Southeast Asia’s Internet sectors continue to see strong growth, hitting $100 billion in 2020, and are on track to cross $300 billion by 2025 stated a report by Google, Singapore state investor Temasek Holdings and business consultants Bain & Co.
The e-Conomy SEA 2020 report sheds light on the internet economy in the region, covering Singapore, Indonesia, Malaysia, the Philippines, Thailand and Vietnam and shows that internet usage in Southeast Asia continues to multiply, with 40M new users this year alone (400M YTD vs. 360M in 2019).
Super surge in new users
New users are coming online at a blistering pace, adding 40M new Internet users this year alone compared to 100M between 2015 and 2019 and 70% of the region’s population is now online.
During lockdowns, new users made up 38% of the region’s Subscription Video on Demand services (SVOD).Music subscriptions, on the other hand, grew at a slightly slower pace of 34% in the same period.
Thailand to have second largest internet economy in the region
In Thailand, with its various stages of lockdowns, users turned to the Internet for solutions to their sudden challenges. A significant number tried new digital services: 30% of all digital service consumers were new, with 95% of these new consumers intending to continue their behavior post-pandemic.
Thailand is projected to have the second largest internet economy in the region this year after Indonesia, despite economic challenges: the internet economy is projected to climb 7% to $18 billion this year, the second largest internet economy in Asean.
Resilience in times of crisis
e-Commerce has driven significant growth in Thailand, at 81%. This steep ascendance has largely offset declines in Travel and Transport. Overall, 2020 GMV is expected to reach a total value of US $18B in 2020, having grown at 7% YoY.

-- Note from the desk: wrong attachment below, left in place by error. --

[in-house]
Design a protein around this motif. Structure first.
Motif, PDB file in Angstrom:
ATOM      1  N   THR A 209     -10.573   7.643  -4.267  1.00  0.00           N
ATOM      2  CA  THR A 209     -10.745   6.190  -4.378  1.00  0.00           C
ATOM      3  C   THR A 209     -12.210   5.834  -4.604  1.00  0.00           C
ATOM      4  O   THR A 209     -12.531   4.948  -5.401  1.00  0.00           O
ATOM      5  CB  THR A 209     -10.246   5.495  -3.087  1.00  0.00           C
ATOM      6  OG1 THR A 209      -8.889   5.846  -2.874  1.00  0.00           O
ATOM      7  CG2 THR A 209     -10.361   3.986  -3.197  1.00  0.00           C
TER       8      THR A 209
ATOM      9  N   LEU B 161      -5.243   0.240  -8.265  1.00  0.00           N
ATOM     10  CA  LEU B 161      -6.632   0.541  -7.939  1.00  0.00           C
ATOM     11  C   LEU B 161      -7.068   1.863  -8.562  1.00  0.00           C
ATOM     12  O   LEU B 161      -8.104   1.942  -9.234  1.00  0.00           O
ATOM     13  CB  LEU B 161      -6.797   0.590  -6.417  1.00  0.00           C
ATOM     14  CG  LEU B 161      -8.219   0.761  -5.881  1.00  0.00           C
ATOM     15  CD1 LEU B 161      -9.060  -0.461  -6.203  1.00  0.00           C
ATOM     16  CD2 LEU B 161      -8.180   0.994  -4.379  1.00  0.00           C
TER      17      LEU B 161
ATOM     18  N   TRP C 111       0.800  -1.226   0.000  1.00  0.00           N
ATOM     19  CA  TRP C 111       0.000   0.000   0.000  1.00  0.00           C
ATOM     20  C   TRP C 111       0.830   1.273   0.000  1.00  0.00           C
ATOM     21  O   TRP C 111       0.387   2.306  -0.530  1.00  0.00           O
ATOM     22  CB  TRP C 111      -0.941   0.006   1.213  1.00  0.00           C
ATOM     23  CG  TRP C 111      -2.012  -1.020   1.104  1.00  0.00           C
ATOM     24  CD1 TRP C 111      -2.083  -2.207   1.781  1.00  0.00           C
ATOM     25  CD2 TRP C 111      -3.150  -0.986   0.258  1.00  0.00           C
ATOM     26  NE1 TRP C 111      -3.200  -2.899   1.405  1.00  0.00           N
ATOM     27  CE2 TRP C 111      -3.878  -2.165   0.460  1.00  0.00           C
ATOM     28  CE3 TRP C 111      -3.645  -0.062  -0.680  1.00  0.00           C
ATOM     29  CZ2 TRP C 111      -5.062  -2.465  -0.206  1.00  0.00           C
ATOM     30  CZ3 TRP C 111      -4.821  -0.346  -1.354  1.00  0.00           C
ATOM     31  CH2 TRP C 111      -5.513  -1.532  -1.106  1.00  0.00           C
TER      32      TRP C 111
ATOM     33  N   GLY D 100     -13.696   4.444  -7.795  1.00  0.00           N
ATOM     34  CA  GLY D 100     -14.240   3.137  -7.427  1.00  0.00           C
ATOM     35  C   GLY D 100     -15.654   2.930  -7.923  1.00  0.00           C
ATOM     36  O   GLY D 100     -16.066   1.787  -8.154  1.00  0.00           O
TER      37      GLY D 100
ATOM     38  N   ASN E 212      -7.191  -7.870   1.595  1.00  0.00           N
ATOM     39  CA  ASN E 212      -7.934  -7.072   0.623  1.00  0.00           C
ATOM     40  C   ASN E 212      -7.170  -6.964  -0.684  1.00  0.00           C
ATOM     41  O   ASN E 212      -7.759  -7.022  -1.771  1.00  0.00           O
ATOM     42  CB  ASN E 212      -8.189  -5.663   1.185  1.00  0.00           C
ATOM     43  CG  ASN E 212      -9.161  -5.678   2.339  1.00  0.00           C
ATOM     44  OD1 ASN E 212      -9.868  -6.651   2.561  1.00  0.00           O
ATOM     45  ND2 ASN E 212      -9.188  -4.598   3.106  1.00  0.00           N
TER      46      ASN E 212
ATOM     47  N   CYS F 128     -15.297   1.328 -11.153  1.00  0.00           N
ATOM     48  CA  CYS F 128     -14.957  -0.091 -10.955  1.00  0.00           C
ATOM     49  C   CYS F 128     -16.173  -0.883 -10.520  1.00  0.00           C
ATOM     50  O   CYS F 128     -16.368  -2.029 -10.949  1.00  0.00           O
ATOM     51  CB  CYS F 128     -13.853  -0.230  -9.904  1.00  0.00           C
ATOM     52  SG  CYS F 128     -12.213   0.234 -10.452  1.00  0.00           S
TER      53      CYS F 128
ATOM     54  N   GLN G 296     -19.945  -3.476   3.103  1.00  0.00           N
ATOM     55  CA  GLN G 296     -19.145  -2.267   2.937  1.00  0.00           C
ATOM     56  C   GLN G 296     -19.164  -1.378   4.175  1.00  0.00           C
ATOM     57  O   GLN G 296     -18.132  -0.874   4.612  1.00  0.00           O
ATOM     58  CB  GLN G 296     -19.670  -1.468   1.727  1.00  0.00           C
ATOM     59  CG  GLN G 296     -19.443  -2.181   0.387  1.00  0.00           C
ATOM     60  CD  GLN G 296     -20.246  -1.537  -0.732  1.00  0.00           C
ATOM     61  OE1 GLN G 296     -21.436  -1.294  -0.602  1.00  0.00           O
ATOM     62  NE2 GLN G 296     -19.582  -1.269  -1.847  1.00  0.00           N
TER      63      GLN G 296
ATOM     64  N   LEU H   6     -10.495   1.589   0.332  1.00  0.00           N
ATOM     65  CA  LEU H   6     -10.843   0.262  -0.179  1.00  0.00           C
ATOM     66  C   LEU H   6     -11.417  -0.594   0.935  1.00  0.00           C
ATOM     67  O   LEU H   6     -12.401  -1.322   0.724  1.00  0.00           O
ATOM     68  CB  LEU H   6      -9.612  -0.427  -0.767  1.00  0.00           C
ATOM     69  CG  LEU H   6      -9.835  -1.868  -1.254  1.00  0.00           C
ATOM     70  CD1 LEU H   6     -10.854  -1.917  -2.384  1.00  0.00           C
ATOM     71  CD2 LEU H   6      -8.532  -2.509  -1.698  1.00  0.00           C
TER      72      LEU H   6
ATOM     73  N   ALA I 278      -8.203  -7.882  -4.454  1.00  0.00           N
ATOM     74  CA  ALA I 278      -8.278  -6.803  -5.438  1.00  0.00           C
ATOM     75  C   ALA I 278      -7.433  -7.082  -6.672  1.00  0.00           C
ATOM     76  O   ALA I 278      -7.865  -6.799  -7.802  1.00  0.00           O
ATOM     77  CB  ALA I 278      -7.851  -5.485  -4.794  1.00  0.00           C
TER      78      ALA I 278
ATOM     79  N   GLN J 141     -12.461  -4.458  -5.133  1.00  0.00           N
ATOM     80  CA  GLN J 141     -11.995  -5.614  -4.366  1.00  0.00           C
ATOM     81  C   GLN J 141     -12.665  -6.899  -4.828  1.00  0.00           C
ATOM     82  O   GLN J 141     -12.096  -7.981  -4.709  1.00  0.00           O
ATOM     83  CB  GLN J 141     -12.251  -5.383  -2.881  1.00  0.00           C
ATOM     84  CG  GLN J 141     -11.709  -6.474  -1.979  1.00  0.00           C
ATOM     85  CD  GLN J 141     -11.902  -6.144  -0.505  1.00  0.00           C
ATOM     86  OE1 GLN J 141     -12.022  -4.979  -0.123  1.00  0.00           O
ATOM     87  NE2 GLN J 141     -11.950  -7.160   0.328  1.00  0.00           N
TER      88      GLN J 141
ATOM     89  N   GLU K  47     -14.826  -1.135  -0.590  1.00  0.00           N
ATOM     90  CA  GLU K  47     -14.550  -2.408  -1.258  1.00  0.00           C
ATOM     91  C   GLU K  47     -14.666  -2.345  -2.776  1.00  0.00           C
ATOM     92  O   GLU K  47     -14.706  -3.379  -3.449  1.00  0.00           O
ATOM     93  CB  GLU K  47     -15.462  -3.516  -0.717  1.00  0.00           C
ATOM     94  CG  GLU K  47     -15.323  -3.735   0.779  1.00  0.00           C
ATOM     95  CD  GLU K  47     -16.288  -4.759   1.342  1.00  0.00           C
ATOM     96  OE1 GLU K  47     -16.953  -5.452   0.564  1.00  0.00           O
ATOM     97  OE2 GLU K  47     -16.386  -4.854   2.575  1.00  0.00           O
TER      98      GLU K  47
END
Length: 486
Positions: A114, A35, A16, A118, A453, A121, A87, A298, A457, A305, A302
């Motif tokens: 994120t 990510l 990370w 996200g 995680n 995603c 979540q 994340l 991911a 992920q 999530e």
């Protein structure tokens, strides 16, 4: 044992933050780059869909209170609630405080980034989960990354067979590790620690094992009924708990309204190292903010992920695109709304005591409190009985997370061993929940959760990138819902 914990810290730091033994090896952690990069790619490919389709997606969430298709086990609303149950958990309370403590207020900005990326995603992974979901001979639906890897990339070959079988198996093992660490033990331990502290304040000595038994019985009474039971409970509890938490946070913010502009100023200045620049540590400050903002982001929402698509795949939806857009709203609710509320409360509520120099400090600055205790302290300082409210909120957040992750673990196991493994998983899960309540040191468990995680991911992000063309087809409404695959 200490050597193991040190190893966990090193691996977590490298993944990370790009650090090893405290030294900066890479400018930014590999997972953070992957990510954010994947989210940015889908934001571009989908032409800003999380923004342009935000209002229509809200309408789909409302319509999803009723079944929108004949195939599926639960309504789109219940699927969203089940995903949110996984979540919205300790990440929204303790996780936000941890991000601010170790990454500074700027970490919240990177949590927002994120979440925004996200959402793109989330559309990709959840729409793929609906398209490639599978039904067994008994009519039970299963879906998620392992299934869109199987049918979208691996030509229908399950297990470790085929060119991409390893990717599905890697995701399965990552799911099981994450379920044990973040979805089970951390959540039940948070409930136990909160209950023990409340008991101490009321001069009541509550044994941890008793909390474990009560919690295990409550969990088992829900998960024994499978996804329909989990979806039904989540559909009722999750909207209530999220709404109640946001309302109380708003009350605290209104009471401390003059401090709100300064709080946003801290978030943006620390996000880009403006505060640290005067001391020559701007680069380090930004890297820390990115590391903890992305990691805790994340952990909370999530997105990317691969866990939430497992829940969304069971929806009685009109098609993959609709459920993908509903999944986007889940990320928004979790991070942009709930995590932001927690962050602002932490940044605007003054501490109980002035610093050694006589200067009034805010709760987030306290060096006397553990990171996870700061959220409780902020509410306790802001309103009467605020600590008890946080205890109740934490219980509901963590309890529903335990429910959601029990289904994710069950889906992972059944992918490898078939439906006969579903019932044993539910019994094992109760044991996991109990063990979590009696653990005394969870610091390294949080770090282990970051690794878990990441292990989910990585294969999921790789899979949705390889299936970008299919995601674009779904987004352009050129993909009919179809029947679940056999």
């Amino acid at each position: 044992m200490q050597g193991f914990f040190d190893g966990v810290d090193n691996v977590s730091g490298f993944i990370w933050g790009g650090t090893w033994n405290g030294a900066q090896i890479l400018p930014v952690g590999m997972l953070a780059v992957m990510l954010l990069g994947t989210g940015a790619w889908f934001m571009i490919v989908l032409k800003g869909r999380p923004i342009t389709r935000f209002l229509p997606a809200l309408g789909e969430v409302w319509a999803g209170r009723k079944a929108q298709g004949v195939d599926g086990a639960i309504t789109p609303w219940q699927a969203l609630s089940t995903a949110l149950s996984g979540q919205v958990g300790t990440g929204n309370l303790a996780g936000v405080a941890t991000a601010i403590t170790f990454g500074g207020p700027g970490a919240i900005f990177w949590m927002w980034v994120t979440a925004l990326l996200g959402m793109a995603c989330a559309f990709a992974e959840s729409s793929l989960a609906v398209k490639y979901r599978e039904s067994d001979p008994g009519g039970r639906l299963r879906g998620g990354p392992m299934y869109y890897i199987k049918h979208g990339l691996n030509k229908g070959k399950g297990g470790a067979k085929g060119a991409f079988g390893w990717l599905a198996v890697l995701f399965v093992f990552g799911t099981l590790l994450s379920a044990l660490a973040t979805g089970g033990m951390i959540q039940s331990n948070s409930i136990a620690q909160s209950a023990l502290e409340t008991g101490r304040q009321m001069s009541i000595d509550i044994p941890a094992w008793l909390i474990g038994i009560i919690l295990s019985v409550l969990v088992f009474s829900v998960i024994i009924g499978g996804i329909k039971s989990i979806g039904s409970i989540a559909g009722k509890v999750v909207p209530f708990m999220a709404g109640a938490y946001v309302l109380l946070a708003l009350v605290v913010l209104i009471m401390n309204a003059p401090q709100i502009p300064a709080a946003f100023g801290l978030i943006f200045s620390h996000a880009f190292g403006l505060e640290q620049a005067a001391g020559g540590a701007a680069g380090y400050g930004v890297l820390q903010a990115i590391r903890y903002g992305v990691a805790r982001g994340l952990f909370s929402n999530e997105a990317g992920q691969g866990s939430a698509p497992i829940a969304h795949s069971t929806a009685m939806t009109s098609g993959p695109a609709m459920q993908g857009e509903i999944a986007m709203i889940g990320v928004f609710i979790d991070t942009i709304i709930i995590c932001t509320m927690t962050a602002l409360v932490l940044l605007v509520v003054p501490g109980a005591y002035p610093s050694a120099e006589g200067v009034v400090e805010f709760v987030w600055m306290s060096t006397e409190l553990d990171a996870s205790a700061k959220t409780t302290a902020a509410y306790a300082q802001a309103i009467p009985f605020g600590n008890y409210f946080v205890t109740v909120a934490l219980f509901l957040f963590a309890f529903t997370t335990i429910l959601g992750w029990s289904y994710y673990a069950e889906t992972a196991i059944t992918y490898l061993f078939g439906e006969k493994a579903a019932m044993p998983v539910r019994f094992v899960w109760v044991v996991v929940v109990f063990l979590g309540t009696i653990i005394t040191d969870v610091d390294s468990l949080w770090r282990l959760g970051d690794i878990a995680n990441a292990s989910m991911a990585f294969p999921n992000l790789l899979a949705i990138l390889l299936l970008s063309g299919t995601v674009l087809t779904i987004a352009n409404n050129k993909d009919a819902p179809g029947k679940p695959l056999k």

Looking at 2025, the overall e-Conomy will likely reach US $53B in value, re-accelerating to ~25% CAGR.
Online with a purpose
Southeast Asians spent on average an hour more a day on the Internet during Covid-19–imposed lockdowns, and it’s easy to see why. The Internet sector provided access to essential goods, healthcare, education and entertainment, and helped businesses “keep the lights on.”
With 8 out of 10 Southeast Asians viewing technology as very helpful during the pandemic, it has become an indispensable part of people’s daily lives.
HealthTech and EdTech have played a critical role during the pandemic, with impressive adoption rates to match. Even so, these sectors remain nascent and challenges need to be addressed before they can be commercialized at a larger scale. Nonetheless, the boost in adoption, compounded with fast-growing funding, is likely to propel innovation in this space over the coming years.
How will oil prices shape the Covid-19 recovery in emerging markets?
– After falling significantly in 2020, oil prices have returned to pre-pandemic levels
– The rise has been driven by OPEC+ production cuts and an improving economic climate
– Higher prices are likely to support a rebound in oil-producing emerging markets
– Further virus outbreaks or increased production would pose challenges to price stability
A combination of continued production cuts and an increase in economic activity has prompted oil prices to return to pre-pandemic levels – a factor that will be crucial to the recovery of major oil-producing countries in the Middle East and Africa.
Brent crude prices rose above $60 a barrel in early February, the first time they had exceeded pre-Covid-19 values. They have since continued to rise, going above $66 a barrel on February 24.
The ongoing increase in oil prices, which have soared by 75% since November and around 26% since the beginning of the year, marks a dramatic change from last year.
Following the closure of many national borders and the implementation of travel-related restrictions to stop the spread of the virus, demand for oil slumped globally.
In the wake of the Saudi-Russia price war in early 2020, Brent crude prices fell from around $60 a barrel in February that year to two-decade lows of $20 a barrel in late April, as supply increased and demand plummeted. The value of WTI crude – the main benchmark for oil in the US – fell to record lows of around $40 a barrel last year on the back of a lack of storage space.
While global demand for oil remains low, one factor credited with reversing the trend is the decision to make significant cuts to oil production, which subsequently tightened global supplies.
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